the strange thing about MOPS, though, was that as nice as everyone was, i didn't feel quite in tune with other moms there. everyone always talked about how crazy motherhood was, how overwhelmed and stressed they were, and how our meetings twice a month were this sanctuary in the storm.
i had no idea what they were talking about.
i'm not saying that dylan was an easy baby or that i took everything in stride. although she was a charmer and a sociable little thing, dylan didn't sleep well and was very sick for a time. nevertheless, life with one babe was pretty quiet. we read and cuddled and played. we took naps. meeting her needs and even breastfeeding around the clock, i still found plenty of time to read, watch movies, or get things done at home.
today, a friend posted this old photo on facebook from way back then:
it was only two years ago, but i look like a baby in this shot. people keep "liking" it on facebook, and it's cracking me up because i only wish i looked this dewy and fresh-faced today. (although my hair is better now. not this minute, mind you, but you get the point;)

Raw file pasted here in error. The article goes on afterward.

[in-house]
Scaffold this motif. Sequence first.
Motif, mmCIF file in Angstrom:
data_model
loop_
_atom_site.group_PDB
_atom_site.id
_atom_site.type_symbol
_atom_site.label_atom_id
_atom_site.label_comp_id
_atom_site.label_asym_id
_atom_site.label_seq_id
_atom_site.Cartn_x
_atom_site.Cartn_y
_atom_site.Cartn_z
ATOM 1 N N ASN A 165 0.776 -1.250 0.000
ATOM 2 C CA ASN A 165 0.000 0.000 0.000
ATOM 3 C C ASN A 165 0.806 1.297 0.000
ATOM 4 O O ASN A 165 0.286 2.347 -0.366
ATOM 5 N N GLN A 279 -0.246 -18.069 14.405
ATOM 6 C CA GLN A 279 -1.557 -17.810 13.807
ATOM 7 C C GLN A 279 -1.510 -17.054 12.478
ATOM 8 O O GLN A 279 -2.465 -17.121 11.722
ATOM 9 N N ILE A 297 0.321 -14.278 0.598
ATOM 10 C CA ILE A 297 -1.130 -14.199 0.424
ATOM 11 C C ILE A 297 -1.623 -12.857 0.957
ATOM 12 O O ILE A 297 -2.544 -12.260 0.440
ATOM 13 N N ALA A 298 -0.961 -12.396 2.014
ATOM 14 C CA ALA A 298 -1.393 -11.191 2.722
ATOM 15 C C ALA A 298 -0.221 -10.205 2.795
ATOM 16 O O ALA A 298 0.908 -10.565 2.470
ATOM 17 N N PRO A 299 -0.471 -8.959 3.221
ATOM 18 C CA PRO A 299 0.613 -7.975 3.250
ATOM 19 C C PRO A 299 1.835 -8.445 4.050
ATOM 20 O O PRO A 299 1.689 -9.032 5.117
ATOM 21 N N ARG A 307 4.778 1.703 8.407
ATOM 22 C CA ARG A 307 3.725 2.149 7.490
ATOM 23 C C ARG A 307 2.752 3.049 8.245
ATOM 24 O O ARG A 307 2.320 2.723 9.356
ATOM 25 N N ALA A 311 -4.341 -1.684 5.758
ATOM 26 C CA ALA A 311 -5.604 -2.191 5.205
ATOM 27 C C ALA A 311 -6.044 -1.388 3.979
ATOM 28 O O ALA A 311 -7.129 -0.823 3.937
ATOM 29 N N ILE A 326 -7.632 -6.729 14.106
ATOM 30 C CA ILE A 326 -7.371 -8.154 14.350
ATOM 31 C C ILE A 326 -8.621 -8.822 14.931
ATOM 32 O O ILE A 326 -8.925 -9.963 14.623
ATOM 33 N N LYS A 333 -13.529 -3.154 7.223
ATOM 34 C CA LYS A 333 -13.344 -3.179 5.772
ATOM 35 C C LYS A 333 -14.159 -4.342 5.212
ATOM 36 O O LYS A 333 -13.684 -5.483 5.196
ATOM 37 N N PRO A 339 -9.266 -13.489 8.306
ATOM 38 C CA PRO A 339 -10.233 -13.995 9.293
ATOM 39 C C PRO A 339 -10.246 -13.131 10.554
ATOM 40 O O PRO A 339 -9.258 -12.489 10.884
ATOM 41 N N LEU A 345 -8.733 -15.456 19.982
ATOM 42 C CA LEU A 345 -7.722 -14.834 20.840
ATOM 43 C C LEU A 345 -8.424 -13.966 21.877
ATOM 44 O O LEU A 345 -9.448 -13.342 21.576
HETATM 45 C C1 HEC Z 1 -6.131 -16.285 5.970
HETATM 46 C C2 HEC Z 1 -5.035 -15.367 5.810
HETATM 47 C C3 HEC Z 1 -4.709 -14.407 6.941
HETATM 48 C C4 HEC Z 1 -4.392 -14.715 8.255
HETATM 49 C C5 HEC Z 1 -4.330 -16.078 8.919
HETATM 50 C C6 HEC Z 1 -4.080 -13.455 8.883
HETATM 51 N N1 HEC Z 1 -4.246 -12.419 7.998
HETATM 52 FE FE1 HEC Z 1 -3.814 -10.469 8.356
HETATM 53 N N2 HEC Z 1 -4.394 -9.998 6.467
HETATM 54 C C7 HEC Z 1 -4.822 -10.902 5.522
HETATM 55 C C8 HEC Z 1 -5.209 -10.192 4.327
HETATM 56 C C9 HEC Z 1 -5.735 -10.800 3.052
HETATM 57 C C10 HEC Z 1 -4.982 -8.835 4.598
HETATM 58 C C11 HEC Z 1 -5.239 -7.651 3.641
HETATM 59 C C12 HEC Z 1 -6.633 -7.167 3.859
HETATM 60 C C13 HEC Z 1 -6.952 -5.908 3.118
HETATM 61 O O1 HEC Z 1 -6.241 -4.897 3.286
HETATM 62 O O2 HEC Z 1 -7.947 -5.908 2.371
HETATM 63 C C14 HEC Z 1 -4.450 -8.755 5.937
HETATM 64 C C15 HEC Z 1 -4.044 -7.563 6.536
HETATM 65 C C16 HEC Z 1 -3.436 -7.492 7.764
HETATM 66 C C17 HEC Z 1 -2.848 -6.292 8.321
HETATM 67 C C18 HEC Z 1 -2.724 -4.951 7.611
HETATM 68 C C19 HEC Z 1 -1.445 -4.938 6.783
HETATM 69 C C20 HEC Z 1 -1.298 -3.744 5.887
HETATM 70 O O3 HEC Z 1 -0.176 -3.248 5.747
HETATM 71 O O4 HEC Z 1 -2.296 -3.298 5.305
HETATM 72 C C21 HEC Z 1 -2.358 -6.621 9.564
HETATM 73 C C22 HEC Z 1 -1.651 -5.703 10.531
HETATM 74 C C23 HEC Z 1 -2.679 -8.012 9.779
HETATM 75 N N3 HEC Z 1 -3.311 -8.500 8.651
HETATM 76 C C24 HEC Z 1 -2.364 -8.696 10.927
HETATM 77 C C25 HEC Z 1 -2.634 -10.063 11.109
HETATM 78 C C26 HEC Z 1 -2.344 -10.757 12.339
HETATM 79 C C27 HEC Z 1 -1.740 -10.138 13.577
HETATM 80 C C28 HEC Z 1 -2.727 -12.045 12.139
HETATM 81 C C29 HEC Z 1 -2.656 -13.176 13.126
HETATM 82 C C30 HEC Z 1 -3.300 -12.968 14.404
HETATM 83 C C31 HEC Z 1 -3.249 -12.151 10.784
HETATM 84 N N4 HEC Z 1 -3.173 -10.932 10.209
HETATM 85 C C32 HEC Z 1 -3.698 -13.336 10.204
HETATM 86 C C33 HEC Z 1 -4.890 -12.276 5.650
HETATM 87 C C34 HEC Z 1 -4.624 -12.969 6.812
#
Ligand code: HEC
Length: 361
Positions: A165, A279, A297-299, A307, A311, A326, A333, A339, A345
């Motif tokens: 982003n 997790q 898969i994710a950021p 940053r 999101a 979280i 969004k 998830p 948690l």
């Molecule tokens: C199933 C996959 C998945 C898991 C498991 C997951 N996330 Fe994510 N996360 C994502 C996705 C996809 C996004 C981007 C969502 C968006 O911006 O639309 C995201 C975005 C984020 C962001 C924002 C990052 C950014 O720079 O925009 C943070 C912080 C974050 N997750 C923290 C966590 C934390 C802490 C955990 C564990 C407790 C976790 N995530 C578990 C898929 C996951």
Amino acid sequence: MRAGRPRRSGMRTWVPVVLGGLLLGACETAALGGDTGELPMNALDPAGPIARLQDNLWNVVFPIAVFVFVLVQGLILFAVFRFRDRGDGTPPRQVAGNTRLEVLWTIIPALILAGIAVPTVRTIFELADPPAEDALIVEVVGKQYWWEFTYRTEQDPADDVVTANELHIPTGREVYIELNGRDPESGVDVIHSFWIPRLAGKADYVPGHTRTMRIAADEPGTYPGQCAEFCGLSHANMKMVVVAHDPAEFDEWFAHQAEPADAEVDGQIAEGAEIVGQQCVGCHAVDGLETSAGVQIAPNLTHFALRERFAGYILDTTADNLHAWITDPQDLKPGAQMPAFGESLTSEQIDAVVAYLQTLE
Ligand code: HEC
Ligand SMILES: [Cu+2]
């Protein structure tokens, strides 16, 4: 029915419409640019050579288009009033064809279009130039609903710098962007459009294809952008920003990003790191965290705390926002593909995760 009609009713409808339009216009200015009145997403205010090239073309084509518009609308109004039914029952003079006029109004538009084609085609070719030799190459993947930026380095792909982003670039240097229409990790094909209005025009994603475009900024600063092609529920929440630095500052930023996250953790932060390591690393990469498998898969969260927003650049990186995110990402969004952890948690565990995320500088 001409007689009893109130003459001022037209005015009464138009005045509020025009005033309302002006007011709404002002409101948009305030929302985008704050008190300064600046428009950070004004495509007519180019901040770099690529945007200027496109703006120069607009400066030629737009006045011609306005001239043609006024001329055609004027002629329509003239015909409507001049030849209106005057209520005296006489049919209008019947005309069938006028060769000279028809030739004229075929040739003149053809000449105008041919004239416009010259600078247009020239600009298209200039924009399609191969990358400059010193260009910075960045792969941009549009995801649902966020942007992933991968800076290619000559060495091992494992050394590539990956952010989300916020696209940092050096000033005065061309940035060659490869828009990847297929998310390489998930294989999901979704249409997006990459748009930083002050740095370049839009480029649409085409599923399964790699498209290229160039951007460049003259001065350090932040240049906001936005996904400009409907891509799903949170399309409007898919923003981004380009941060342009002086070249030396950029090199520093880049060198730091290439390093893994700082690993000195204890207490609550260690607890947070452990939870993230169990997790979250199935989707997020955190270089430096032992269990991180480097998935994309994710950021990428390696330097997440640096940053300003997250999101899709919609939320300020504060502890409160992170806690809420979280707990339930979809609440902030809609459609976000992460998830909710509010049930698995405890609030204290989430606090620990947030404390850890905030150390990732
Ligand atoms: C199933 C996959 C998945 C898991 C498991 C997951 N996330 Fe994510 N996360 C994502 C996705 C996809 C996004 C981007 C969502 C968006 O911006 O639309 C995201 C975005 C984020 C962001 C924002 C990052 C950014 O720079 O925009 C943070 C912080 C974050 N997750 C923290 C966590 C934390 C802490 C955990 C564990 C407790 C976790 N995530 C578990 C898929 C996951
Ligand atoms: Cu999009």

and then it hit me:
this is the face of a mother with only one child.
i don't feel all that in tune with her either, anymore. back then, i was just dipping my toes in this motherhood thing.
now i'm in deep.
there are days that raising two feels like swimming against the undertow. not waving but drowning. a rogue wave that steals my breath and my suit and how the junk am i gonna make it back to my towel when my top is out to sea?
it's no secret that the learning curve for mothering two kids was not easy for me. it still isn't. i now understand what those manic mamas were feeling, who mothered more kids and older babes.
but it's not all chaos and crazy: the plunge into mothering multiple children was icy, but the initial shock is wearing off. in the unpredictable sea that is motherhood, playful surf-splashing and the giddy thrill of riding waves feature, too.
i'm discovering treasures in sand. the shoreline may appear ordinary, but beach combing unearths uncommon beauty. there is delight in what others dismiss as debris.
in the water, with time and practice, i'm learning the strokes. the breathing rhythms, once awkward, are becoming natural.
it's only in the deep--feet up, head back, trusting and relaxed--that i know the weightless wonder of letting go.
linked up with melissa and emily.